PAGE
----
Wednesday, June 29, 2011


"X-Men" the movie has recently appeared describing a group of folks who represent the future of mankind. After watching this flick, I came to realize that I had my own folks who represent my future. They are my "X- WOMEN".

The picture to the right shows these folks in my arms. My X-chromosome to them. They seem to have gotten a lot, being dark haired, brown eyed, and mostly round faced. [All my Ewen traits.] But reality is that half is really the amount from me, and half from my wife. [Blond headed, blue eyed, and the mitochondrial DNA !] These mixtures of traits will go forward, passed on to the next generations. What the future holds for them will also be my future for my branch of mankind. Things are well in hand.

Saturday, June 25, 2011

A Moment in Time

In my growing up days, "Snakes, snails, and puppy dog tails" were the words to describe boys. In my family, snakes, especially Blue Racers, seemed to play a roll among the females as well. [see posts : The Blue Racer", July 13, 2010 and "Ms Blue Racer and Family", Sept 28, 2010.]

"Sugar, spice, and everything nice", was used to describe the girls. Having left my X-chromosome in three daughters, I am not sure that sugar, spice, and everything nice were often the best words.

The picture to the right shows my middle daughter Lesley and me catching our first fish together. The one that didn't get away! Her face shows the moment in time that expresses her delight. How proud she is to have succeeded in hooking this monster. Nothing sugar, spice, and all that other stuff. In this case, worms, hooks, and fish! How proud I am of her. A moment in time that sugar, spice, and everything nice seemed not the right words.

Monday, June 20, 2011

Posing For a Memory

Faintly written on the back of this picture is: "this is the 5 Dolls at Lexington, Ky". Five numbers are given with the names (left to right) 1 = J.C. Ewen, 2 = J.B. Bam..ehan ?, 3 = G... Ewen, 4 = T.S. Jackson, and 5 = J.B. Goldon? They are standing proudly, each touching down the line from J.B. Goldon to J.C. (called Jake), posing for a memory.

I would take it that J.C. Ewen (b. 1887) was the anchor of the crew since they all seem to be leaning on him. He was an older brother of my grandfather, Sidney Brent Ewen (b.1899), who would have been a young child when this picture was taken. The middle person was Green Ewen, a younger brother to J.C. and another older brother to my grandfather Ewen. Both Ewen boys had mustaches just like their father George Washington Ewen. [See post and picture "The Sod Rest Lightly", August 17, 2010.] All wore hats except Mr. Goldon who seems to be wearing an apron, and certainly did not want to get his carefully combed hair disrupted. [Perhaps a bartender who served the boys on their big trip to Lexington, KY.] The second in, J.B. [could not make out the spelling] shows his pipe, a symbol of manhood. [See post "Brothers", March 16, 2011, for my great grandfather Jones, E.T.] What a crew. It must have been mother Susan [who else would have called them "Dolls"?] who scribbled lightly on the back of the picture hoping to keep this event and memory alive. The boy's big trip to Lexington from the hills of Eastern Kentucky. Friends, posing for a memory in time.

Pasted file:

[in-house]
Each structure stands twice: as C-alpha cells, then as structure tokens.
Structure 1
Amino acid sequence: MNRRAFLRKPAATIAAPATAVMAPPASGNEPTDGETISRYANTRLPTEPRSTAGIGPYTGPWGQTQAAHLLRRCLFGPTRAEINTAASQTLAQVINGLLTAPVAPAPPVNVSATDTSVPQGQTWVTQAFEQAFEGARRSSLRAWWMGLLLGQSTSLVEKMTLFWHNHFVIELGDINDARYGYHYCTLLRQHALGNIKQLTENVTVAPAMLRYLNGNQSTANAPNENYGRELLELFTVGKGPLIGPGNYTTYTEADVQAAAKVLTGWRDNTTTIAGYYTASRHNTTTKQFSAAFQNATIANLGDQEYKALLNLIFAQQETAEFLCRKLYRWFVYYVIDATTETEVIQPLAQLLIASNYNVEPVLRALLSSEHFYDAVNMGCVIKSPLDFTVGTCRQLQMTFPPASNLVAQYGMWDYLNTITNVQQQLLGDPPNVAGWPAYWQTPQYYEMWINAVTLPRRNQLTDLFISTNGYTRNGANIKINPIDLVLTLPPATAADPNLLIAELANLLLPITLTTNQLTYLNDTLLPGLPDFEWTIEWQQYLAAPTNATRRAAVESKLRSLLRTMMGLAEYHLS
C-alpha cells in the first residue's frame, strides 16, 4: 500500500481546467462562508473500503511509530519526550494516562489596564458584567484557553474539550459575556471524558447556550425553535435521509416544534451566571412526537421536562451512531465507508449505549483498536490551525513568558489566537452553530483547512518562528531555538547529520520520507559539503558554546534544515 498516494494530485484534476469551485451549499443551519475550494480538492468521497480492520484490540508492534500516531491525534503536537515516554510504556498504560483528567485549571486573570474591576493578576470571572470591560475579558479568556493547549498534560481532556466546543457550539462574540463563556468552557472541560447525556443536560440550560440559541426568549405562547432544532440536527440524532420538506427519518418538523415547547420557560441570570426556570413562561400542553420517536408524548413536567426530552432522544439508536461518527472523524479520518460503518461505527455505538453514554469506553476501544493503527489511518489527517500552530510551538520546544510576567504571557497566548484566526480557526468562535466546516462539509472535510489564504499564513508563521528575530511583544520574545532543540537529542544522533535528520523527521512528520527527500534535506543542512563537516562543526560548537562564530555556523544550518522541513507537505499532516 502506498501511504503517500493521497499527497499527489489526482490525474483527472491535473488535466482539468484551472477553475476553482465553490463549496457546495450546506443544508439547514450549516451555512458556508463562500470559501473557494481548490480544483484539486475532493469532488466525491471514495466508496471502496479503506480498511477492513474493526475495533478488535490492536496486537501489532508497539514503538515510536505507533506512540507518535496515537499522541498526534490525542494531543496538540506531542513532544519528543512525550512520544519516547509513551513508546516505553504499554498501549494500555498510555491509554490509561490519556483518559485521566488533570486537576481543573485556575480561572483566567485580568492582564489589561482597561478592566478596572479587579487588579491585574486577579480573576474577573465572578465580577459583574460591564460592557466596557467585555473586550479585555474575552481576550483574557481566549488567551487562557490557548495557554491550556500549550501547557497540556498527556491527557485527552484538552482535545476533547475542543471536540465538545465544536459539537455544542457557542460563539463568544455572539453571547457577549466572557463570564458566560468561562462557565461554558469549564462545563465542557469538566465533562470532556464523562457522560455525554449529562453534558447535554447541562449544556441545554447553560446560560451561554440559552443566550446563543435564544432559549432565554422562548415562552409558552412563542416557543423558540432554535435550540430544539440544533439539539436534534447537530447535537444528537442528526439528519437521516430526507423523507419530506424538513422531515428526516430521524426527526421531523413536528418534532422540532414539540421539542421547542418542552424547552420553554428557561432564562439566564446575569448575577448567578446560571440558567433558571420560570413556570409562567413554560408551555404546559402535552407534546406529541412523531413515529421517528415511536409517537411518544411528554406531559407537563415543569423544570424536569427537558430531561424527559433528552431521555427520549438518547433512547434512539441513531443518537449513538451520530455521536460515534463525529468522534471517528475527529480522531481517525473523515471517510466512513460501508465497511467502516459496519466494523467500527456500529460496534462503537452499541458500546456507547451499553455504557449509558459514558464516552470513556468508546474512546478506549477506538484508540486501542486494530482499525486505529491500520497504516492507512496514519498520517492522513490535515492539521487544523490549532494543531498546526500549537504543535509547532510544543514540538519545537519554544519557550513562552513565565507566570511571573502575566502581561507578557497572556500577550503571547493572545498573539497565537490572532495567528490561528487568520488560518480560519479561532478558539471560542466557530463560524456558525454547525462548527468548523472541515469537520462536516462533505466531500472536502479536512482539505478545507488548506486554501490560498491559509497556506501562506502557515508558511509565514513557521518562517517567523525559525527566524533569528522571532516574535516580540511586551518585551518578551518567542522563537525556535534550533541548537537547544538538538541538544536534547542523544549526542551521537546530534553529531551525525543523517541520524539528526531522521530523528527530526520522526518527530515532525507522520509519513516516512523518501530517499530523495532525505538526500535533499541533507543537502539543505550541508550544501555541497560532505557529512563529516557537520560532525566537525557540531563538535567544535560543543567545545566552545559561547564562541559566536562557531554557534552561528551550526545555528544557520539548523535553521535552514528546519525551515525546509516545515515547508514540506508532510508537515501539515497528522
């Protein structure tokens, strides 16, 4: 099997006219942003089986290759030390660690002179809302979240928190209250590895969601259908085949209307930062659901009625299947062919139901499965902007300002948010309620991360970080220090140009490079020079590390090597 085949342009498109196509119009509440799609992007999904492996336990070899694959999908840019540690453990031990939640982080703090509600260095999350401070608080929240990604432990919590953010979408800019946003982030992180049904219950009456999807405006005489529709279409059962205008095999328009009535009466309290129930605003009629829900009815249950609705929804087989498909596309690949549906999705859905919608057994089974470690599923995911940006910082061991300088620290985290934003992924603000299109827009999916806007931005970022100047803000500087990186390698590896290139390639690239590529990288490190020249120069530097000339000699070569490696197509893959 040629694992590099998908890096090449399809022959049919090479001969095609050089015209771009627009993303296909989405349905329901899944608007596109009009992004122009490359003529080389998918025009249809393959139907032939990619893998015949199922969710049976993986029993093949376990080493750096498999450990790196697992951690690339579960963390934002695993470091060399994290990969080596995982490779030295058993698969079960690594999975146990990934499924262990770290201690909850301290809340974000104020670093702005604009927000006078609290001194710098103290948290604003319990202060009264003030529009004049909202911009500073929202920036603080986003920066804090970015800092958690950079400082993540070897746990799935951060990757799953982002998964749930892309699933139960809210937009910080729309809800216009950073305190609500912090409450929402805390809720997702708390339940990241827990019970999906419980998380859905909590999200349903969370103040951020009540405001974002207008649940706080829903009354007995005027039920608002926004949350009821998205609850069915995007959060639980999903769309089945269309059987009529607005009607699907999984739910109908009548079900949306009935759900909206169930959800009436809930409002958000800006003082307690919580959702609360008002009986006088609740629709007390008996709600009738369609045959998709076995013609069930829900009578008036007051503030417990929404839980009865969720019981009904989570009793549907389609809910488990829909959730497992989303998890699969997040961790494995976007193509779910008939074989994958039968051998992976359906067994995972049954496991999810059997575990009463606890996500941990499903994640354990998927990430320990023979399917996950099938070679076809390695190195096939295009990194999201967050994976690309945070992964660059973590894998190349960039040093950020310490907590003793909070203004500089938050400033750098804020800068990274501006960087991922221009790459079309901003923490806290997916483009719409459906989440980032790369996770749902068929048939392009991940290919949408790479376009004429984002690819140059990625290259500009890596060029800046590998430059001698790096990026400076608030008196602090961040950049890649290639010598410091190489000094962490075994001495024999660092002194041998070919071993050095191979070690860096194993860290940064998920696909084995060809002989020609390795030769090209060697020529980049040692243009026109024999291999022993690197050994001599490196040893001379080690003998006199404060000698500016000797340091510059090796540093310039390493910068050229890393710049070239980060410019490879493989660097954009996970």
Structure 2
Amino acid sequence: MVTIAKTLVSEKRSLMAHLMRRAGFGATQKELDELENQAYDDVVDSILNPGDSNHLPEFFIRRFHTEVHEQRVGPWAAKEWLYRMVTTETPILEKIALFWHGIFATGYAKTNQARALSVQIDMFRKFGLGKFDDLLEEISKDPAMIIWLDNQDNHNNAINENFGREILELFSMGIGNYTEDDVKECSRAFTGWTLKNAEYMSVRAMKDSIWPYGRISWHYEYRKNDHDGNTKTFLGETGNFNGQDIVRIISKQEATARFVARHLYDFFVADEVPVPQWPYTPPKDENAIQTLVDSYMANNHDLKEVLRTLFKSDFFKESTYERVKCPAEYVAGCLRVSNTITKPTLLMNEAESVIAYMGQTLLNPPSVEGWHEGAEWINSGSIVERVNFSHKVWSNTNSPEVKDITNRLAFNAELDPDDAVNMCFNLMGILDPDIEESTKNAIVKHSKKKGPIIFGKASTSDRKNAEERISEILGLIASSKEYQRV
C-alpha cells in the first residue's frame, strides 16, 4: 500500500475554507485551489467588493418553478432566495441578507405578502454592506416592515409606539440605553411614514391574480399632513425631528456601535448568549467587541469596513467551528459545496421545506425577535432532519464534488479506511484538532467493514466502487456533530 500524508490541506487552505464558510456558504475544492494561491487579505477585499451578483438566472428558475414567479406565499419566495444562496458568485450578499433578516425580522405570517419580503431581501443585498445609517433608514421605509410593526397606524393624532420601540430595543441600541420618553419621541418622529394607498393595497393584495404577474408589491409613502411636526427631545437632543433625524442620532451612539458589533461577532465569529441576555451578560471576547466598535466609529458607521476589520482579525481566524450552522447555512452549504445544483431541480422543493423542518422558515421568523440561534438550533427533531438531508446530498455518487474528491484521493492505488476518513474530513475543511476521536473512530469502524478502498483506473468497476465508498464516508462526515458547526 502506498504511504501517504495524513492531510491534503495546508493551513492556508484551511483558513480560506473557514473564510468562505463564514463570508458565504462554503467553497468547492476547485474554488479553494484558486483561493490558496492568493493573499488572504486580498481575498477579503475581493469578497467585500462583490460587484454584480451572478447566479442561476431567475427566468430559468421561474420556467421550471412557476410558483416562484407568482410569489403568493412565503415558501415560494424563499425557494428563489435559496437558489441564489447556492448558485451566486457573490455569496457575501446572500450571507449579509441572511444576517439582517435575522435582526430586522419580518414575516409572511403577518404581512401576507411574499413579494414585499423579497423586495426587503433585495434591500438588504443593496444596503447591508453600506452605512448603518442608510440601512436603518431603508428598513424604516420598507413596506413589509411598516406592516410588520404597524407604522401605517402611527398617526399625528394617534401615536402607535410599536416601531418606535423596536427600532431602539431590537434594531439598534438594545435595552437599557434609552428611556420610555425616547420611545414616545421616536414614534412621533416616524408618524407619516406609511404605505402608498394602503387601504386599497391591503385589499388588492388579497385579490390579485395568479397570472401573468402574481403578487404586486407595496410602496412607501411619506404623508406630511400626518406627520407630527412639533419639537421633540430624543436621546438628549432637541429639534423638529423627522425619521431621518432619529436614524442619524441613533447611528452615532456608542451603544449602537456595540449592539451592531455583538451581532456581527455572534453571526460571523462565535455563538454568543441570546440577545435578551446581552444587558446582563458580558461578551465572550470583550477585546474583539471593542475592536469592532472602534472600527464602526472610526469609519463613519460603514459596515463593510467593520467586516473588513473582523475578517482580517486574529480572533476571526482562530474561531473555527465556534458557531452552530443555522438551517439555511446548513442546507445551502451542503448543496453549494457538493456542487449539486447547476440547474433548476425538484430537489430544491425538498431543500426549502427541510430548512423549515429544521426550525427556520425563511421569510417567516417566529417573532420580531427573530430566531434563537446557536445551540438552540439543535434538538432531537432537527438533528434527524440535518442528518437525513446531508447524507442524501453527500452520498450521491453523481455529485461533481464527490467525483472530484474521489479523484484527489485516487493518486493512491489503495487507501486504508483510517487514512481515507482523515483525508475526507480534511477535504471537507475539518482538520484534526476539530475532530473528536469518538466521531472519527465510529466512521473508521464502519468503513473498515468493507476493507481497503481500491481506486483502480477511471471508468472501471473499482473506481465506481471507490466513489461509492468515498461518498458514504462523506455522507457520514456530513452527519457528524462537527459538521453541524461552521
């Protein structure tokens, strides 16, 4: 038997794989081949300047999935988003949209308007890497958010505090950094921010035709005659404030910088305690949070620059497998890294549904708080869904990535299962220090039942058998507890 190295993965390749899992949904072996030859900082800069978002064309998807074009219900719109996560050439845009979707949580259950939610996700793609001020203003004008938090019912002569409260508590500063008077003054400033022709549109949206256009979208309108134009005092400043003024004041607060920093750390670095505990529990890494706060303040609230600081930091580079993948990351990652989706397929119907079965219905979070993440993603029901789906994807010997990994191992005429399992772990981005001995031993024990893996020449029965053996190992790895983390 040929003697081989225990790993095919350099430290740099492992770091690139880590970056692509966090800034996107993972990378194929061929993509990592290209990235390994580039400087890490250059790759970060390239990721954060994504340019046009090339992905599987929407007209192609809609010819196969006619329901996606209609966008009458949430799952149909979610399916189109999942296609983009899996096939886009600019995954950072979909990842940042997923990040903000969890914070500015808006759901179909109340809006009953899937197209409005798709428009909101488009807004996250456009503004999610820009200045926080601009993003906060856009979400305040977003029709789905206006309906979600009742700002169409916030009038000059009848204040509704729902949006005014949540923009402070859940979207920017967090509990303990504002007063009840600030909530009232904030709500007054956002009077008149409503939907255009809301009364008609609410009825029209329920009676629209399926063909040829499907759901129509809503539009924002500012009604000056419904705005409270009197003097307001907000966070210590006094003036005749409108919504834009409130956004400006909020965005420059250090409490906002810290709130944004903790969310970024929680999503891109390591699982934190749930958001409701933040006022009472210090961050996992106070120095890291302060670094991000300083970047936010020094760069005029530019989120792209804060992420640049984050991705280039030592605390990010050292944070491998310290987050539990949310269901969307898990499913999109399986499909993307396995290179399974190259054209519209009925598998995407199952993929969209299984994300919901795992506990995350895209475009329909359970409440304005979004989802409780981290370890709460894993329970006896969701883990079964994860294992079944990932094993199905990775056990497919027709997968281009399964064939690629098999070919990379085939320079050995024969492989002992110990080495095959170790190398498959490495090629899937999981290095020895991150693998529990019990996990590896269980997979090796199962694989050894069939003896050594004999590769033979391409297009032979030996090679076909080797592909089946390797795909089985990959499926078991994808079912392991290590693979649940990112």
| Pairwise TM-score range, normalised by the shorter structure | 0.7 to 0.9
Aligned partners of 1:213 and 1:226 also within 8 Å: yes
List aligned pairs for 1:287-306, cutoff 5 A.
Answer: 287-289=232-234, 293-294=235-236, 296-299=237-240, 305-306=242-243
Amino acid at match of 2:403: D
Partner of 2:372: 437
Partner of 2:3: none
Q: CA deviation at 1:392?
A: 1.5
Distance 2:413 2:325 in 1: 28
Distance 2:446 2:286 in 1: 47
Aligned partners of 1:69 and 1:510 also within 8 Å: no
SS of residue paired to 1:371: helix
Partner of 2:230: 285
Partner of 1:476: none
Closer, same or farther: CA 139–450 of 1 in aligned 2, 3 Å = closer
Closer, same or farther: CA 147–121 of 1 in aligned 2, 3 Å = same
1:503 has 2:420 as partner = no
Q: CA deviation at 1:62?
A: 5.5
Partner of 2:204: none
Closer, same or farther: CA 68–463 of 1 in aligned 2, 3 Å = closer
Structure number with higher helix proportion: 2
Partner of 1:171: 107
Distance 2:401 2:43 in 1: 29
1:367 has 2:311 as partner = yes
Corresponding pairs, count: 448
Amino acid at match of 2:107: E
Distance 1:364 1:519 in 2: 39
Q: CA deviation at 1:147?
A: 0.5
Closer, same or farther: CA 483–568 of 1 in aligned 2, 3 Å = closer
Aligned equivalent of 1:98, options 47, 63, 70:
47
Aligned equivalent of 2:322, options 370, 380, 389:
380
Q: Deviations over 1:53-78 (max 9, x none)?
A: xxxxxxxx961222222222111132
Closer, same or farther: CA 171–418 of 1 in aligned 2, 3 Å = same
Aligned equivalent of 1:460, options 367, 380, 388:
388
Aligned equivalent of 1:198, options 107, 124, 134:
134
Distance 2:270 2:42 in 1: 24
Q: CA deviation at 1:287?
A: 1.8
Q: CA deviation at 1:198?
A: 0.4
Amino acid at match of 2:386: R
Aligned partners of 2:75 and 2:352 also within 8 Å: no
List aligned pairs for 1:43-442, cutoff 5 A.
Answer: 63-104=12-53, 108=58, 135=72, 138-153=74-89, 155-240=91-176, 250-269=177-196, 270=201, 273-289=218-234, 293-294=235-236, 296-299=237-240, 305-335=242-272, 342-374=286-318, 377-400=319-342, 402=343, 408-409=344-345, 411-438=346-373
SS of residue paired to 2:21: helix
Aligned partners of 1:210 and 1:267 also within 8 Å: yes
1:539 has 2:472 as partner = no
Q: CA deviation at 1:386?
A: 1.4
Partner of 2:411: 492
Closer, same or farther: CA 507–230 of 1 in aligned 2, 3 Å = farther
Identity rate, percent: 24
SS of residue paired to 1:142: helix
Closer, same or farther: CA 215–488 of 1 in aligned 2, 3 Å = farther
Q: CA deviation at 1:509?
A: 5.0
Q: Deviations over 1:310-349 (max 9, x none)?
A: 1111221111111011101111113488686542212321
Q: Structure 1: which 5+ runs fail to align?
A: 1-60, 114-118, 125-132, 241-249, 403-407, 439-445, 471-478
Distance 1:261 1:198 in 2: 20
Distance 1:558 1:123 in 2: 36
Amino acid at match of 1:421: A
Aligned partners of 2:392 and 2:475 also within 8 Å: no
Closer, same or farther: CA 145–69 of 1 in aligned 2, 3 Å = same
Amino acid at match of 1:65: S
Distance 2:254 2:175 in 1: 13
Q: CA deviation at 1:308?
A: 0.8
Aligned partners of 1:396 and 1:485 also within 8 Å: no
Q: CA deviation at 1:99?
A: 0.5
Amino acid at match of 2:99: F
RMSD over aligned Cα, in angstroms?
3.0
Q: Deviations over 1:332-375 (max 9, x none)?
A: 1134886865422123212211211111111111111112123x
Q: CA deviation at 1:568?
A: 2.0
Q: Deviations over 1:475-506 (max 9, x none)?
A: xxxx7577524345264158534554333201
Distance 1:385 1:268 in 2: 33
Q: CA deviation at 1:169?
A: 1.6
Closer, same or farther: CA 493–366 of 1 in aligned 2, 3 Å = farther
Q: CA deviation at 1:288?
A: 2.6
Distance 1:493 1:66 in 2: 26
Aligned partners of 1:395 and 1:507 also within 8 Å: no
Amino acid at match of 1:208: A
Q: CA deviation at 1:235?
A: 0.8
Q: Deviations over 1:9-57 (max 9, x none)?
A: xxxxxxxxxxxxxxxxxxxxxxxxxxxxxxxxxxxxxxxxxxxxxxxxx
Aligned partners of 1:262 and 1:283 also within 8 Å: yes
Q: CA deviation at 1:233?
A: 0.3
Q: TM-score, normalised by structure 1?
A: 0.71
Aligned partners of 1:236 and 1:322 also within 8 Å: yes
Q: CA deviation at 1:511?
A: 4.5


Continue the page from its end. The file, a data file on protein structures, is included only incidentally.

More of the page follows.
Wednesday, June 15, 2011

Jones Genealogy

Genealogy has become a shared activity for many. Who are my ancestors? Where did we come from? What skeletons are in my family's closet? Who was the first to take my family's surname? Questions that are frequently asked.

A basic assumption underlying genealogy is that the family comes from a shared ancestor. This "Adam", the first to take the family's surname, is the foundation of my family tree. Thus, if another shares my surname, then we must be related somehow out the family tree. This is certainly true for many, many, surnames. But, for those who have a surname derived from the Welsh, this may not always be the case. Jones genealogy is such a case.

Genealogy for those who have a common surname, like Jones, is often a difficult process. Making it more difficult is the realization that most of those who share the surname [JONES] are not genetically related! This comes from the fact that many Welsh surnames were produced during a period of English history that required the Welsh to take an English surname. [The period of Henry VIII called the "Act of Union", 1536.] The English refused to recognize the Welsh system of naming, and forced the Welsh to utilize the English surname. More often then not, when a Welshman entered the required English legal system, the clerks of court registered their Welsh name [Peter ap Thomas ap Edward] by taking the first name [Peter], putting it with the second Welsh name [Thomas], to become the "new" English name, "Peter Thomas". If a first cousin came to court on the same day [or another day for that matter] named David ap John ap Edward [shared the same grandfather], the clerk of court would record David Jones. Thus, the surname Thomas would share the same Y-chromosome with the surname JONES. After a few generations this becomes a real tossed salad!